They went out for eight games. After that, the NHL had a few weeks off. Andrew Raycroft, a Canucks goalkeeper at the time, said he and about half the team went to Hawaii and the other half to Mexico.
When they returned, they met in Ohio for a four-day camp before playing six more road games, starting against the Columbus Blue Jackets. They were 8-6 on the trip and later lost to Chicago, the eventual Stanley Cup champion, in the playoffs.
“The first part was fun, but the second half really started to drag,” said Raycroft, now an analyst for Boston Bruins broadcasts. “But we got better throughout the process. Then you really become a team.”
Raycroft recalled team bonding events on the trips, including a heady outing after a Toronto win, a fishing trip and a golf outing in Florida.
The Islanders had plenty of room in their schedule this year to break the long stretch into separate trips and spend a lot of time in their own homes and practice countless times at their East Meadow, NY facility.
The first and longest stage started in Raleigh, NC, Miami and Chicago. They enjoyed a big team dinner in downtown Chicago and won their first game of the season there. They then drove to Columbus, Ohio, and on to Phoenix and Las Vegas, finishing with two more wins.
After that, there was only one game left for the next 10 days (an overtime loss to the Predators in Nashville), which turned out to be a trip in itself.
Four days after that game, the team played in Montreal, where Barry Trotz, the Islands coach, met a friend for dinner for the first time in months.
“That was just my third time in a restaurant since the start of the pandemic,” Trotz said. “I mean, strange. But actually it felt a bit normal.”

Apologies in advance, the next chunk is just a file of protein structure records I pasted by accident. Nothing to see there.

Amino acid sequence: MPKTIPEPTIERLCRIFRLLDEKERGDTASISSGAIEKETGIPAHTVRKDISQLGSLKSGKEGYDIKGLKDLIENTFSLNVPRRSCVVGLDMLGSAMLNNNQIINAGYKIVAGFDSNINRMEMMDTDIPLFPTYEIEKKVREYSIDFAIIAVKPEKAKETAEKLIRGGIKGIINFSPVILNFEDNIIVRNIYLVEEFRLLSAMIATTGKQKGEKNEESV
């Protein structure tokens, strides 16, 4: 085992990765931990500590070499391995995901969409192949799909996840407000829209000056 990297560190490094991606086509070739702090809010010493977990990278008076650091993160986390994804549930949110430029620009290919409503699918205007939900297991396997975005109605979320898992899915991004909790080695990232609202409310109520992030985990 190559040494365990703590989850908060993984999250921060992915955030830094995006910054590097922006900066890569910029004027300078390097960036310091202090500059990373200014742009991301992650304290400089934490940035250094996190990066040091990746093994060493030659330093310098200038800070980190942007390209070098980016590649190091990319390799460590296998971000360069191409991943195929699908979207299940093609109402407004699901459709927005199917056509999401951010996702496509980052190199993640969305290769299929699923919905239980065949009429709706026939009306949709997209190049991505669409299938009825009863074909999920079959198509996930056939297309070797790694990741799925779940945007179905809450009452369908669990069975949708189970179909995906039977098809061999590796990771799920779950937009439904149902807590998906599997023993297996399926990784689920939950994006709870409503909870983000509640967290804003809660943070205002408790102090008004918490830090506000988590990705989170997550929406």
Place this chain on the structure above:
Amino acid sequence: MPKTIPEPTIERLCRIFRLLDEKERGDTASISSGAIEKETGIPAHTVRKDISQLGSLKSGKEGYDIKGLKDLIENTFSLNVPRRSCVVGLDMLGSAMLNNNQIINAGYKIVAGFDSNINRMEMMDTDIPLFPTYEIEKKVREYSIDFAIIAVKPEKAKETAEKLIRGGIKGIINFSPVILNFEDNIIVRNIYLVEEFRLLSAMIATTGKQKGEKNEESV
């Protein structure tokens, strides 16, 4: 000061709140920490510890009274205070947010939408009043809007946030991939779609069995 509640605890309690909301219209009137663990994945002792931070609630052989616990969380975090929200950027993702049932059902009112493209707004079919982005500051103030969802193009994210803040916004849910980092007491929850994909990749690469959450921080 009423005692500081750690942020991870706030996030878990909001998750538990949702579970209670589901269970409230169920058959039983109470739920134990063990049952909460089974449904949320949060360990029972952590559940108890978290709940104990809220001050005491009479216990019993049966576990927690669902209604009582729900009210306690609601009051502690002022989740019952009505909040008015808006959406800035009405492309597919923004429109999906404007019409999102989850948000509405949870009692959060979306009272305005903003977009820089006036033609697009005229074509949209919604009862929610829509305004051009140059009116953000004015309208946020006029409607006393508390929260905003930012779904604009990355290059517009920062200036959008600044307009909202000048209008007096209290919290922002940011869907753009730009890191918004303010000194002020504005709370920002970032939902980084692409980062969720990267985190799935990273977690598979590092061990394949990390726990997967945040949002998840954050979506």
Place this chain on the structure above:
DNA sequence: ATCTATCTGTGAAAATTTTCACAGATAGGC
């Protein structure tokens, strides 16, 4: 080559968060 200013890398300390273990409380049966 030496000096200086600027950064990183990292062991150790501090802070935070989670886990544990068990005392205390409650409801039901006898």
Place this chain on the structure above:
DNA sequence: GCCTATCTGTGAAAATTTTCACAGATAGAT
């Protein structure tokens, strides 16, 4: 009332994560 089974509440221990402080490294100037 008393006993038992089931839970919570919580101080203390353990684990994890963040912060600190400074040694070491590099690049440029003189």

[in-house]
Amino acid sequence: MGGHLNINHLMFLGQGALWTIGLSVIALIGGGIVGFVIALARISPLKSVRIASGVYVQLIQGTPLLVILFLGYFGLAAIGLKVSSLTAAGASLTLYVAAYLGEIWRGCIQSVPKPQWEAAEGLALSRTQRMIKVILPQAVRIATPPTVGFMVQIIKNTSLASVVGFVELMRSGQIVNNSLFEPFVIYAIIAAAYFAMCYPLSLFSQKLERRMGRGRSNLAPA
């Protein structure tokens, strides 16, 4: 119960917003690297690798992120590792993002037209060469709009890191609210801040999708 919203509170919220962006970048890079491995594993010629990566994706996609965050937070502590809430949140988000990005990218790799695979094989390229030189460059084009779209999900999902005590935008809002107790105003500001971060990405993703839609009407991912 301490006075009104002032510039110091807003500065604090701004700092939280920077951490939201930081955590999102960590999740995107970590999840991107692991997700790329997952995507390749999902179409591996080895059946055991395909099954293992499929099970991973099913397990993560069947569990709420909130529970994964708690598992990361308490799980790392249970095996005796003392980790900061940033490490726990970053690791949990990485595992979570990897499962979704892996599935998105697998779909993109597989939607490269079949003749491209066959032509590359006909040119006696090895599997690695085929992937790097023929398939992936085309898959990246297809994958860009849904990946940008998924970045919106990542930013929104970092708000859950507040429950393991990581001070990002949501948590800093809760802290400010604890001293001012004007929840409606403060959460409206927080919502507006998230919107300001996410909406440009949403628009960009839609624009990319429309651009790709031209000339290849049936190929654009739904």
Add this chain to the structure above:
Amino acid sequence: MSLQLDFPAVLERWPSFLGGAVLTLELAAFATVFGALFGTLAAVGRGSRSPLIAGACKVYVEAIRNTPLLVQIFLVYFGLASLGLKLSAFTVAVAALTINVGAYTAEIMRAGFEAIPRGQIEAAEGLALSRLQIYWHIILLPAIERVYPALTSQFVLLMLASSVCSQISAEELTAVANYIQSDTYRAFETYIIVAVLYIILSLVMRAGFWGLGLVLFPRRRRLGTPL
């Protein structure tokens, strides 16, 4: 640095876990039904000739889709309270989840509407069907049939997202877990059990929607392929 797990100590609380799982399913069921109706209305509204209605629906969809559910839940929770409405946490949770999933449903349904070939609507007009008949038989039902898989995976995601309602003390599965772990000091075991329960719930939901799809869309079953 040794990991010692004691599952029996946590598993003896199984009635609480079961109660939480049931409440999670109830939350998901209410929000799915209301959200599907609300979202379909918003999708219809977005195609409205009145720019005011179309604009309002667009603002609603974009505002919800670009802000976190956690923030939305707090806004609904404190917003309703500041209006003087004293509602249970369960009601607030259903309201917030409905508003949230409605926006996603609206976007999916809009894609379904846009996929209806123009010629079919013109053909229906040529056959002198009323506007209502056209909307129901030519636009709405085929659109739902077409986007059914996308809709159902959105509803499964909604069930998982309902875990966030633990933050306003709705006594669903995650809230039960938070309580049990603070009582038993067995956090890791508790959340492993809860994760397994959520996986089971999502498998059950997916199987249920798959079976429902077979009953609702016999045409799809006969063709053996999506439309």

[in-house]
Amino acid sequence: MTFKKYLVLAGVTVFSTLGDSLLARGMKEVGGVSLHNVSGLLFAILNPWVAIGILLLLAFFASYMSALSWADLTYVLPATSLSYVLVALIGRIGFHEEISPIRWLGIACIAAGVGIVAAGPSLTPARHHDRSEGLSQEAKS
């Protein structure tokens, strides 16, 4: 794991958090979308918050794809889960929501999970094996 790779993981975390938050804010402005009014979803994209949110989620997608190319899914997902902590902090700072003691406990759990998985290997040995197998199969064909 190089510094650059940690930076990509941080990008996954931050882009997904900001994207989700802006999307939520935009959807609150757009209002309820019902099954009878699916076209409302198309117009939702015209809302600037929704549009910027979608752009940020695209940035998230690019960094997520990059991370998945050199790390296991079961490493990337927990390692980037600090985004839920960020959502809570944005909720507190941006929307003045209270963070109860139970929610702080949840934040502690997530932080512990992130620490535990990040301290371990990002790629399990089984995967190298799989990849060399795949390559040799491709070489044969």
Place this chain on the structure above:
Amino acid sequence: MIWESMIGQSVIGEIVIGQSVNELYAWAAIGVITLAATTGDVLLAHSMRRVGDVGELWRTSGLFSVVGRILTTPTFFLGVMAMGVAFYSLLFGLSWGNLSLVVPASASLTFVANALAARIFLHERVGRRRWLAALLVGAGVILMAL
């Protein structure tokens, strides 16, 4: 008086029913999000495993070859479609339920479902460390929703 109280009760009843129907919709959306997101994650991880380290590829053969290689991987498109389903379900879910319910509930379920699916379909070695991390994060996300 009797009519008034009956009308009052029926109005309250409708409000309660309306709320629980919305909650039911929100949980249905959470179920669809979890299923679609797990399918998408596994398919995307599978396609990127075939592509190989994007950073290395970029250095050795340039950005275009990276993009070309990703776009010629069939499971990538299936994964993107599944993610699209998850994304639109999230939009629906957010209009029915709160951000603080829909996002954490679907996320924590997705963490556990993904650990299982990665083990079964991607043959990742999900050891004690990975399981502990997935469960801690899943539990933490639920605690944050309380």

The last time the islanders were in Canada was March 2020.
After defeating the Canadiens, the Islanders flew to Winnipeg, Manitoba, where they defeated the Jets on November 6 and began to resemble the team that took the Lightning to a seventh game in the conference finals last season. But they haven’t won since then.
On Thursday, the closest they came to a home game was against the Devils in Newark, NJ. About half of the fans at the Prudential Center were Islanders fans, desperate to get a glimpse of their team in person. Still, the Islanders treated it like a road race, spending the night before the game in a New Jersey hotel. They lost 4-0 to under .500.
Raycroft said the long stretch of roads would help the islanders. While the team is mostly made up of players who have been together for a few years, including a deep playoff run last season and a stint in the so-called bubble at the end of the 2020 season, the long stint in the breakout has provided opportunities for team bonding.
Equally importantly, after returning from Florida, the Islanders will play 31 of their next 46 games at home. Raycroft said eliminating road races early would give the Islanders a significant advantage over their division rivals.
“When I first saw that schedule, I thought, ‘Wow, that’s really long before I played at home,'” Raycroft said. “It must feel quite strange. But it will help them in the long run.”
There’s another bump ahead: At the very end, the Islanders will play nine of their last 14 games on the road. At least then they know how to do it.